Never mind the Mediterranean diet - eating like a Viking can nearly halve the risk of a life-threatening cardiac event, scientists say.
Women regularly eating fish, cabbage, rye bread, oatmeal and root vegetables such as carrots were 45 per cent less likely to have a heart attack.
The same diet in men reduced the risks by almost a quarter, according to a major study in the European Journal of Clinical Nutrition.
The investigation, by a team at Copenhagen University in Denmark, suggests a Nordic diet is every bit as good at protecting against heart disease as foods eaten in Mediterranean countries such as Spain, Italy and Greece.
It backs up earlier research showing that Scandinavian diets can help to lower blood pressure. Other investigations have found they also protect against type 2 diabetes.
To reduce heart attacks, experts have spent years encouraging us to switch to Mediterranean-style dietary regimes which are rich in fish, fresh fruit and vegetables, nuts and olive oil.
But some scientists believe a Viking diet might have more success because it is dominated by foods consumers are traditionally more familiar with - such as oatmeal, apples, pears, fish and root vegetables, particularly carrots.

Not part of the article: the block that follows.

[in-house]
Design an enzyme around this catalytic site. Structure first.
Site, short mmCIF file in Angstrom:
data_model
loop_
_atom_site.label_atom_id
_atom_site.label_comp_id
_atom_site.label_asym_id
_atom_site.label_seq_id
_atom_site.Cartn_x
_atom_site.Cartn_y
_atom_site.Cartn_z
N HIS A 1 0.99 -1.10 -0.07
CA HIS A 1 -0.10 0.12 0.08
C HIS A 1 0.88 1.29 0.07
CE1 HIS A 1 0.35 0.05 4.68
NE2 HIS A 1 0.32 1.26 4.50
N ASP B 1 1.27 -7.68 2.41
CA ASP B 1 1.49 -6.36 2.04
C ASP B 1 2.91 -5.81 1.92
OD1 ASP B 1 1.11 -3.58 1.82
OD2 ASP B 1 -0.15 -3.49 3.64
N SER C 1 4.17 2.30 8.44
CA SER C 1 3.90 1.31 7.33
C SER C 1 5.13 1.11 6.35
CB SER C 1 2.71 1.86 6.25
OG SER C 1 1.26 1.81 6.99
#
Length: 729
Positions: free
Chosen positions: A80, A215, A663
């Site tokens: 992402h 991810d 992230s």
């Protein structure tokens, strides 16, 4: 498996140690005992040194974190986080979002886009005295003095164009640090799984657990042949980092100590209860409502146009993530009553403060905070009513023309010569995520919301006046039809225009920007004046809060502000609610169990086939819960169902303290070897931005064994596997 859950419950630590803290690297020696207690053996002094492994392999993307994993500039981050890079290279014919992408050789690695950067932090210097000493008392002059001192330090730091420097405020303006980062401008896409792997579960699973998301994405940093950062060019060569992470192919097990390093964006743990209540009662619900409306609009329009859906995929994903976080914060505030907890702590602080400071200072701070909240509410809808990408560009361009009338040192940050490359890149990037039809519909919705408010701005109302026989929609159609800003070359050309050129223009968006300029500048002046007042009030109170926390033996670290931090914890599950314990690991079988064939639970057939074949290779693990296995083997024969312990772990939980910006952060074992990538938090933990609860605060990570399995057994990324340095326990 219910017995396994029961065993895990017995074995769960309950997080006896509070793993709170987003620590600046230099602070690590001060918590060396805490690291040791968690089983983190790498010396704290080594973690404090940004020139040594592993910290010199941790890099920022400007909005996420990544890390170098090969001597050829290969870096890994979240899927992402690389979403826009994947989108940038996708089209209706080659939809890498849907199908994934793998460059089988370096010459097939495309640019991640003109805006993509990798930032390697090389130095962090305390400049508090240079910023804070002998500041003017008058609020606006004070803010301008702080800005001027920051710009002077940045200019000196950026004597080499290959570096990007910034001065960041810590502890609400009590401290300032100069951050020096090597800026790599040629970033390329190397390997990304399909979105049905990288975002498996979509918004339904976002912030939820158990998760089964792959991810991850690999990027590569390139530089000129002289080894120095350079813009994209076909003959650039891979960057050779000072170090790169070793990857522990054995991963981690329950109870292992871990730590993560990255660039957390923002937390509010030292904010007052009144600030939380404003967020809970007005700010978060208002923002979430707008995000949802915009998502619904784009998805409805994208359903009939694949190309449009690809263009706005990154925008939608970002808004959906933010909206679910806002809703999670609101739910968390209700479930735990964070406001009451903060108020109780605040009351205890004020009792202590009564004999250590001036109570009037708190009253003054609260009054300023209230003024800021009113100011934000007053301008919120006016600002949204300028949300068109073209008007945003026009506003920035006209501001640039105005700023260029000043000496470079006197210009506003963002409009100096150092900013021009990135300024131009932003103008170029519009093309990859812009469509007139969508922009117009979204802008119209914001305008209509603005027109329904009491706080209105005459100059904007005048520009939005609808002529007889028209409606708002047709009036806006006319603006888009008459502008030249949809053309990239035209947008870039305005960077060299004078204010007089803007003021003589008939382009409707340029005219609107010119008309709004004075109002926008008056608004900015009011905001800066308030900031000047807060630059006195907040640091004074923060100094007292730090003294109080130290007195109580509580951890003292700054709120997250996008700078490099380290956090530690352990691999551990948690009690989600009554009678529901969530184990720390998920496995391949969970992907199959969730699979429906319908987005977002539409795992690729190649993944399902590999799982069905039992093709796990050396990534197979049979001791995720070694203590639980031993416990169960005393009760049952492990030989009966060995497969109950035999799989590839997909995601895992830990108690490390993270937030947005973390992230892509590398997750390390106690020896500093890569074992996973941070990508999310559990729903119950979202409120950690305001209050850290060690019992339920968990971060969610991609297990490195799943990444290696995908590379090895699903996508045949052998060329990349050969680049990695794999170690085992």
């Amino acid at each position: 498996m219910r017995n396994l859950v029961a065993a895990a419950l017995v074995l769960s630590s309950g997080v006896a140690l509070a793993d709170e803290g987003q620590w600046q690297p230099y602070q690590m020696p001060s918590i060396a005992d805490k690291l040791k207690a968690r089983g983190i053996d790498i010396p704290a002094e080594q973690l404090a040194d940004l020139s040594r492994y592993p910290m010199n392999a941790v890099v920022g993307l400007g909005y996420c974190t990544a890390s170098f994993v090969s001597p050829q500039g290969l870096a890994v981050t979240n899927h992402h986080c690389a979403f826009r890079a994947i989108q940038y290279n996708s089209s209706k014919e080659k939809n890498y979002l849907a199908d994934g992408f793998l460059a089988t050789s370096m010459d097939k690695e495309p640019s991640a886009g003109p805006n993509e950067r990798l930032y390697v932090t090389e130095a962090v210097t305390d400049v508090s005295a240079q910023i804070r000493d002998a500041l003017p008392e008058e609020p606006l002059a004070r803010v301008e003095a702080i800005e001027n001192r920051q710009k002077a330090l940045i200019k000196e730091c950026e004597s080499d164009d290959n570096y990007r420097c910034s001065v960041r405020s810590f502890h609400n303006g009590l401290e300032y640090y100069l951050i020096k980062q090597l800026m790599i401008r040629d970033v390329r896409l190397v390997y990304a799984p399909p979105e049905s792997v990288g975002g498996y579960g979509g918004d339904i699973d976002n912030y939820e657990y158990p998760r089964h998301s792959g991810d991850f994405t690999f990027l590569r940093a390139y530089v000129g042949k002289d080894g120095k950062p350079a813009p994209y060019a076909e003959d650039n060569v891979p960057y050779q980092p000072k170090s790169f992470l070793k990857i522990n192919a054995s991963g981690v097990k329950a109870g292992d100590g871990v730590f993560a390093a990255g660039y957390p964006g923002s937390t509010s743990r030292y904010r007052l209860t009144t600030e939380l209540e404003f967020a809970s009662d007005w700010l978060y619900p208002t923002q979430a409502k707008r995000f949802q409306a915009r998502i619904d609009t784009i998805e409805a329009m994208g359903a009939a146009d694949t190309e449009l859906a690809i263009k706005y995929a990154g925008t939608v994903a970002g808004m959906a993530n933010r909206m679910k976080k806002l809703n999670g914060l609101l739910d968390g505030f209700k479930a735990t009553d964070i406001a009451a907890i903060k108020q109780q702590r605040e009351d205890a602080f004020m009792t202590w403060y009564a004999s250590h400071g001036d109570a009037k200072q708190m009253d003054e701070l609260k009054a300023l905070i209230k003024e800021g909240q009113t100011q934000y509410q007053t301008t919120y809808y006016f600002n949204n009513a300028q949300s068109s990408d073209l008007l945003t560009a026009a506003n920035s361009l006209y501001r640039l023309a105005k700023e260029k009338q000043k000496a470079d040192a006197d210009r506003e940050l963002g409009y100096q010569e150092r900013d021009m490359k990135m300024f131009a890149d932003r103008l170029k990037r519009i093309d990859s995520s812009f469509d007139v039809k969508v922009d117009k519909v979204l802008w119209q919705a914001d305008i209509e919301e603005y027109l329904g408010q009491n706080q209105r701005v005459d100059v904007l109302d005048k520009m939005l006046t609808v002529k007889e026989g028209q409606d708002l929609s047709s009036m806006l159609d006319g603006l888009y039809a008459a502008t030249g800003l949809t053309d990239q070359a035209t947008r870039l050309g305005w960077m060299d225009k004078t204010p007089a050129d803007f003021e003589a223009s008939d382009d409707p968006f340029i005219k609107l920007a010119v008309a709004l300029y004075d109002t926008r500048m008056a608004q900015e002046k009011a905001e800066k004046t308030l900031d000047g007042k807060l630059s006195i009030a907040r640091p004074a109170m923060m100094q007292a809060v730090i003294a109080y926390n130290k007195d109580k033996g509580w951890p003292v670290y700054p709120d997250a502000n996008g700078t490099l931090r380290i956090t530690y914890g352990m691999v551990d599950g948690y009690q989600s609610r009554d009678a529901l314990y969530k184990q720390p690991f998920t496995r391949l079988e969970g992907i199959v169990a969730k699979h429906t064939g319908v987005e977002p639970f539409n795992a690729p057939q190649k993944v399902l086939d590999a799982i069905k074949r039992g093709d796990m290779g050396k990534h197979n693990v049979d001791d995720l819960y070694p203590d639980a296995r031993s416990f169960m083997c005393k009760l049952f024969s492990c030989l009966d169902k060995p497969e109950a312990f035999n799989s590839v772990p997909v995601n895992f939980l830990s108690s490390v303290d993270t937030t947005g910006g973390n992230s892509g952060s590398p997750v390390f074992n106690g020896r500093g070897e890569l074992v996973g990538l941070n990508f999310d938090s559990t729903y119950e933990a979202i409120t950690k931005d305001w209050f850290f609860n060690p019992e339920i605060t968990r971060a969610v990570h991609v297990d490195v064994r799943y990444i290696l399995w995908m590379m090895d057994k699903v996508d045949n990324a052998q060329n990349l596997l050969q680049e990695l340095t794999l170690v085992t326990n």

The Danish team tracked 57,000 men and women aged 50 to 64 for more than 13 years.
They monitored their eating habits and followed them up to see how many went on to suffer heart attacks. In total, 1,669 men and 653 women had serious heart problems in that time.
Women with the highest intake of Nordic-style foods were 45 per cent less likely to fall ill. For men the figure was 23 per cent.
In a report on the findings researchers said fish, rye and oats all help to prevent heart disease.
They added: 'Apples, pears and cabbage are also central parts of the healthy food group of fruit and vegetables.
'And root vegetables - particularly carrots which were the main type of roots consumed in the study - contain beta-carotene, which has also been shown to reduce heart disease.
'We think well-known traditional healthy dietary factors within populations present a good alternative to the Mediterranean diet.
'They should be considered in recommendations for the prevention of heart disease.'